Transcripts Including Tag: needsvswants

Description: Mindset :: Needs vs Wants

These are the transcripts that include the tag needsvswants.

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012: Epic Frugality how to save 75 percent of take home pay Jonathan Mendonsa I mean one of the things you do you do a great job mixing up really really in-depth articles with little short articles and what I loved about this one. Are you bored that we were talking about is just a few of these bullet points you said we don't worry about keeping up or competing over material goods. We just we don't do it. My husband and I we never fight about money we just don't have fights because we're on the same page and we don't fret about it we don't worry about it. We know we have enough because we live way way below our means. I mean that is powerful for some people who don't have that world view and then below that you you are basically saying I'm not jealous of people who spend everything they earn. Seems as though they're struggling to find meaning through money. And then for you you know money does sustains your basic needs food shelter clothing. And but it's not a goal in and of itself. You're not hoarding money just to have money. You're doing it to free yourself from the vicious cycle of lifestyle inflation. I think that's really powerful that's that's a completely different way of looking at money. And now talking to the audience here you know when you look at this think about the things that we talked about that nothing that we said is particularly crazy or outlandish. And although you may not do everything that we talked about in this podcast it's going to be helpful for you long term to see if you can adapt just a few of these things into your own life because once you start to go down this rabbithole it starts to make sense. And it's empowering. It opens up all these options that you may not have considered. So thank you Liz so much for sharing your time with us and going through some of these thoughts with us today.
012R: Friday Roundup Jonathan Mendonsa Yeah no I think probably for me I have more at stake than you because you're essentially there already. But I could be wrong. For me it's really interesting. One the values that we're promoting are universal. So we're talking about work ethic. So everybody at some point in time has to trade time for money and while you're in that space we encourage you to be the best you can be. You've got you want to get your one to three percent raises you want to absolutely be a hardworking employee. There's nothing illegal or unethical about what we're encouraging people to do. And so I think that's a universal value honesty transparency trust good work ethic. Those are things that everybody should be able to relate to. And then the other part of that is where you put your values and that is where it gets challenging. And I think to some degree you're going to find what friends you're going to have long term and which ones you just won't be able to spend as much time with because when you get into a conflict of values your idea of spending money is or your idea of where you want to spend your money is putting into your 401k and then you want to focus on more frugal activities. That's one value and then if your other set of friends wants to go to Vegas you know and then go put it all on black. That's a different set of values and so there's kind of a a little bit of a battle being waged out that entire time and so I think the nice balances as you start to develop new friends look for people to share your new values and then always you know maintain relationships but figure out where that where that line is and what what point you're not willing to go past because I'm not going to sacrifice two or three years of work in order to do some of those extra activities. I'm not going to get the golf club membership.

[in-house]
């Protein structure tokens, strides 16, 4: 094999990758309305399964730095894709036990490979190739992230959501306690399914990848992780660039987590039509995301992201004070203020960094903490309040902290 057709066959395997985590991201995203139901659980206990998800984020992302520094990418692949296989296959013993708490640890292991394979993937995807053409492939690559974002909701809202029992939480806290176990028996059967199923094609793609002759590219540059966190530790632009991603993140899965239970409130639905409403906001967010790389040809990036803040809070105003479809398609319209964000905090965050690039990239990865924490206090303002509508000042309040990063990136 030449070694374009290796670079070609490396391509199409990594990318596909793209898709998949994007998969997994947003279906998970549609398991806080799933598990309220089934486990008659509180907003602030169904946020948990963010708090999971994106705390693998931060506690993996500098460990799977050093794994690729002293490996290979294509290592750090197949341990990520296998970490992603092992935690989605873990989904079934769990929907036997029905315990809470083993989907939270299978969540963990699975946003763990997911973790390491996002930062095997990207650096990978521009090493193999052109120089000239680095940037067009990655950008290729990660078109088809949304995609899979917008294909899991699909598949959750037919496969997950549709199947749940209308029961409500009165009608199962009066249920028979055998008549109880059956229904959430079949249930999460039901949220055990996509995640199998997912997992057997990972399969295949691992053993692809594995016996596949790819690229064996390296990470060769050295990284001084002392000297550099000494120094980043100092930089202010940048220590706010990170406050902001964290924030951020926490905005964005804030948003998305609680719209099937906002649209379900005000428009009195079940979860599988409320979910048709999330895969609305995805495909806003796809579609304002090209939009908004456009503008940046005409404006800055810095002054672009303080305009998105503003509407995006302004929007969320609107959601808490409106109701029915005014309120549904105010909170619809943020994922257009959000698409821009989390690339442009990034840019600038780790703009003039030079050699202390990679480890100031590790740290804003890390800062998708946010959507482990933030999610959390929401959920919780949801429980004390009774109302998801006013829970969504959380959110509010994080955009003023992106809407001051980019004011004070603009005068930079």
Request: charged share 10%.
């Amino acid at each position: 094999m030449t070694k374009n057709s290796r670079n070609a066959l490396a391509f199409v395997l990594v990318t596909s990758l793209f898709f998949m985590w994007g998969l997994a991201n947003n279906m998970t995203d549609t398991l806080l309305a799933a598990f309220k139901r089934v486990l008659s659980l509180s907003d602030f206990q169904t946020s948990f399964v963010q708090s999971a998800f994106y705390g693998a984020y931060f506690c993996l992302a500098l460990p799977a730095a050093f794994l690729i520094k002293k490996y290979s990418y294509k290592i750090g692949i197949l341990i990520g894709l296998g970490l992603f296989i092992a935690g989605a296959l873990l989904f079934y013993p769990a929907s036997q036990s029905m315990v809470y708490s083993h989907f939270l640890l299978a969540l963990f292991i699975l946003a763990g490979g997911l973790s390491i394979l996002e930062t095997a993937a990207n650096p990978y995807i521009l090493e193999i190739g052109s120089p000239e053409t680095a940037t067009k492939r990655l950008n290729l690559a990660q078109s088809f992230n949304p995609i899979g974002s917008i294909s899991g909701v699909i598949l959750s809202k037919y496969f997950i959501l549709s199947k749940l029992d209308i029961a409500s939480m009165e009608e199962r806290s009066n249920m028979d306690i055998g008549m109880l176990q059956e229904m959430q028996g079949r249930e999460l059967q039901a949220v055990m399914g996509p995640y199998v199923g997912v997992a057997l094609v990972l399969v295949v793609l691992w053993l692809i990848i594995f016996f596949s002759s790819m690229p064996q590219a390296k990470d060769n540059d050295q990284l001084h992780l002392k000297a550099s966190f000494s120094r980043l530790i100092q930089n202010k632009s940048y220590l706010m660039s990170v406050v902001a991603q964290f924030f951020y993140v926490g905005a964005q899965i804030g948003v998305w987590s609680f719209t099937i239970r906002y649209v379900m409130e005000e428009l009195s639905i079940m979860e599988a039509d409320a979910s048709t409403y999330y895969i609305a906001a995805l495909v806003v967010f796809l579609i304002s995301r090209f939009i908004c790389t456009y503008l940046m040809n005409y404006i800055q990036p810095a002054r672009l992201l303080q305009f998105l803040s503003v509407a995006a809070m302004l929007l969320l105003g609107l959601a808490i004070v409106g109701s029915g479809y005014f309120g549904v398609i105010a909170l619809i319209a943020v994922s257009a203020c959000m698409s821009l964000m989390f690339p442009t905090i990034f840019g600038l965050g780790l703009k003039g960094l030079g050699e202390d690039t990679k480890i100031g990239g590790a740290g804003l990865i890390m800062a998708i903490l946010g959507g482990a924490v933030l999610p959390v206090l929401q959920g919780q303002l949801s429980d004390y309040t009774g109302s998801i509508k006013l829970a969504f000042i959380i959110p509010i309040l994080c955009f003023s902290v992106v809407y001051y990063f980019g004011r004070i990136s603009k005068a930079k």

020R: The Friday Roundup Our First Crowdsourced Case Study Brad Barrett Yeah it's fantastic. And that really cuts to the heart of Fi and the way that we approach it at least you know there are people who are extreme obviously but you and I are just regular guys. We're not doing anything crazy. We're just living a little bit smarter. And Laura and I had a conversation. What's really cool. Laura is now listening religiously to this to the podcasts and we have a lot more actual conversations about money now and about fi in general. So it's it's definitely helped us even though you know we're pretty good at this obviously but it's helped us talk about it more. So you know we were trying to sit back and say look what are we doing. That's all that different from anybody else because it doesn't feel like we're doing anything special honestly. And you know we're we are going through like just kind of ticking off items in our head of what's so different and you know compared to many of our friends in this area where we you know we bought a less expensive house but we still probably bought a more expensive house and then we should have in the grand scheme of things so we're not saints here by any means we bought in an expensive part of town but we bought one of the least expensive houses we could find in this area. So as compared to our very close you know local group of friends were probably spending 800 to $1000 or less on our mortgage. Just boom right there where we don't have car payments so that's at least what seven hundred dollars minimum. If you're talking just decent cars. So we're up to maybe 1500 to maybe a little more just between the two of them probably 500 to 700 dollars on food just less in going out. And also just frivolous spending or like we've talked about in prior episodes just not intentional spending with food right. Of going in last minute and picking up some prepared food at the food store which is $10 per person per meal as opposed to the $2 per person per meal that Laura can can amount to when when we cook at home. So I mean that's over $2000 right there. Then you get into little things right. The cell phones are a couple of hundred bucks a month. Maybe the cable and etc is 100 bucks a month so I mean right there you're talking probably twenty five thousand dollars a year at minimum just thise couple of things right off the top. So that's a pretty darn good savings rate just right there in and of itself. Again just kind of talking about how this is really not that hard and it's just a regular lifestyle just a little bit smarter. Yeah and in that same conversation with Laura we were just kind of sitting there and talking about the discretionary expenses that maybe we don't spend on that other people do and I know Jonathan likes to talk a lot about the fixed expenses which is what I what I just went through but the discretionary things. We also don't spend money on many people just like to upgrade their house or add little throw pillows or I don't know redecorate in some manner or you know we know our friends who have kids who they've redecorated the rooms three times by the time they were 9 years old like my daughter Anna. And Anna doesn't even know that that's possible. She just knows that it's her room. She just never would cross her mind to oh Mommy and Daddy I want to repaint my room and get new comforters and get new pillows and all this stuff. You really would never cross her mind because we don't do it. We don't model that in our lives and it would never cross her mind. So you know it's similar. A lot of these things. Like I I always wonder. My kids are not very materialistic. And this is not like a holier than thou. I don't think you know we're the best parents in the world by any means but I think it's because we don't we don't exhibit wants for anything that our kids don't see us buying lots of frivolous stuff and therefore they don't ask. So when it comes time for December and many of their friends have these long Christmas lists my kids have never had a Christmas lists. It would never even crossed her mind to want something. It's so it sounds weird to say. I can't fathom a day where they would walk into a store and say Daddy Daddy I want to buy that. It just doesn't happen.